Nine Lives: In Search of the Sacred in Modern India
A lot of us would kill to have a job like William Dalrymple’s. Travelling across the world, writing about it and getting paid (handsomely?). Not to say that that’s all he does. Dalrymple is also well known as a distinguished historian, a respected journalist and an intelligent literary critic. But at heart, he remains a traveler.
Which brings us to his recently published Nine Lives – In Search of the Sacred in Modern India. It is, essentially, a travel book about his journey to explore the history, mythology and reality of the India’s spiritual DNA. It compiles his conversations with nine individuals who live beyond the bright neon lit landscapes and tarred wide express ways of the “emerging” India. All of whom are on a quest for the larger meaning of life. Not a spiritual treatise in the conventional sense, Dalrymple craftfully embroiders the conversations with his observations and insights, making prose sound like poetry.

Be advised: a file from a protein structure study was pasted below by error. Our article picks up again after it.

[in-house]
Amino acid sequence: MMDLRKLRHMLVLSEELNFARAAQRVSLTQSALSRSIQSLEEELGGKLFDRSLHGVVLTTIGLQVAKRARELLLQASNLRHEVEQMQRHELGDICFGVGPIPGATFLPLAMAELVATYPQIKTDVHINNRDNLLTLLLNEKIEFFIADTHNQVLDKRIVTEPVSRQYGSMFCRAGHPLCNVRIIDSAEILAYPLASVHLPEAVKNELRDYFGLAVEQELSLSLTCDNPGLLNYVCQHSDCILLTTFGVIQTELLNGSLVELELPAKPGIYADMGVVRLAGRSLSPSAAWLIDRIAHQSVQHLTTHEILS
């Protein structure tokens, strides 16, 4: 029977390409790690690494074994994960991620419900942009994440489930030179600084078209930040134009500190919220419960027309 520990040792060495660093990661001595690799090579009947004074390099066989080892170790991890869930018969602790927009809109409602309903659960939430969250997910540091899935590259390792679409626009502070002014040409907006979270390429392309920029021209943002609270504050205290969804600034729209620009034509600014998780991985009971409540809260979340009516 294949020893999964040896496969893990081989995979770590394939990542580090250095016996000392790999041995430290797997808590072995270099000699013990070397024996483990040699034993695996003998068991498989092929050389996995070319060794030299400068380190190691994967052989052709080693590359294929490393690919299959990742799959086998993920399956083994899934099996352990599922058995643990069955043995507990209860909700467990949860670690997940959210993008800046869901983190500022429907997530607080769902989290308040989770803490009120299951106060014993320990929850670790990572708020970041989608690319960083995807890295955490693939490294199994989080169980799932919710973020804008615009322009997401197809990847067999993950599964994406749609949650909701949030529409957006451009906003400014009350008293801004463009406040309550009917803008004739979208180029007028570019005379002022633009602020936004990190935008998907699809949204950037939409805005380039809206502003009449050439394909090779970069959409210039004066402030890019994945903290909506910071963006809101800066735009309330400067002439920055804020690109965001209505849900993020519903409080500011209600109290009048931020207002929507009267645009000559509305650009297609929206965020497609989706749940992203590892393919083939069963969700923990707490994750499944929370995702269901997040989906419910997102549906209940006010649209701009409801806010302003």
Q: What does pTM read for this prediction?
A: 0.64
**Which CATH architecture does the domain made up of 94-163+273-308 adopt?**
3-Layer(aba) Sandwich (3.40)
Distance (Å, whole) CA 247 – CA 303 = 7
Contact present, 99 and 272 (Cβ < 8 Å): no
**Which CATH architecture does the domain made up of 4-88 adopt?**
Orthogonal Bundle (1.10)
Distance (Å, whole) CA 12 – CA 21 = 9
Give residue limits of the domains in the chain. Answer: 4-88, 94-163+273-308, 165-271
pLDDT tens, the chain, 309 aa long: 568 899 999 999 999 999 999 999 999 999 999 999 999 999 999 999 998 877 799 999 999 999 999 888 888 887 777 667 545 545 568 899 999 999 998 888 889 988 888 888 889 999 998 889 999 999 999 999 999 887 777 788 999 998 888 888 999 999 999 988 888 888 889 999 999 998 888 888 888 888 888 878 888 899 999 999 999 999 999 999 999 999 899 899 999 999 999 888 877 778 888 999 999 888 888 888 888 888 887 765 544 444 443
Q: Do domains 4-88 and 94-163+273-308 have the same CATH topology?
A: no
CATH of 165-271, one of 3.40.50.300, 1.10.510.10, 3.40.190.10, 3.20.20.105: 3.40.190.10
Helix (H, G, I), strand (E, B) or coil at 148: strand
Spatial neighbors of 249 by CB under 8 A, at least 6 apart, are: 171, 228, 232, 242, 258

There is a portrait of a Dalit from Kannur, who becomes an incarnation of God for the Nampoothiri Brahmins as a Thayyam dancer, otherwise earning his living as a manual laborer in a prison. Another of an educated and attractive nun of the Jain faith peacefully starving to death as her passage for redemption. Of the vagabond woman of Bihari origin, now Sufi mystic in Pakistan. There are more such portraits, all real characters from life. Each has it own unique story, a common thread being the single-minded dedication of the protagonists in their respective pursuits.
Though the book does come across as one from the point of view of a westerner, in awe of Oriental exoticism, William Dalrymple is not judgmental. The narrative is an unbiased, “as-it-is” account; sensitive and empathetic, not catering to the western prejudices of imagery.
Read it if you want to explore the “un-headlined” India from your bedrooms. The only better way is to set upon a journey yourself.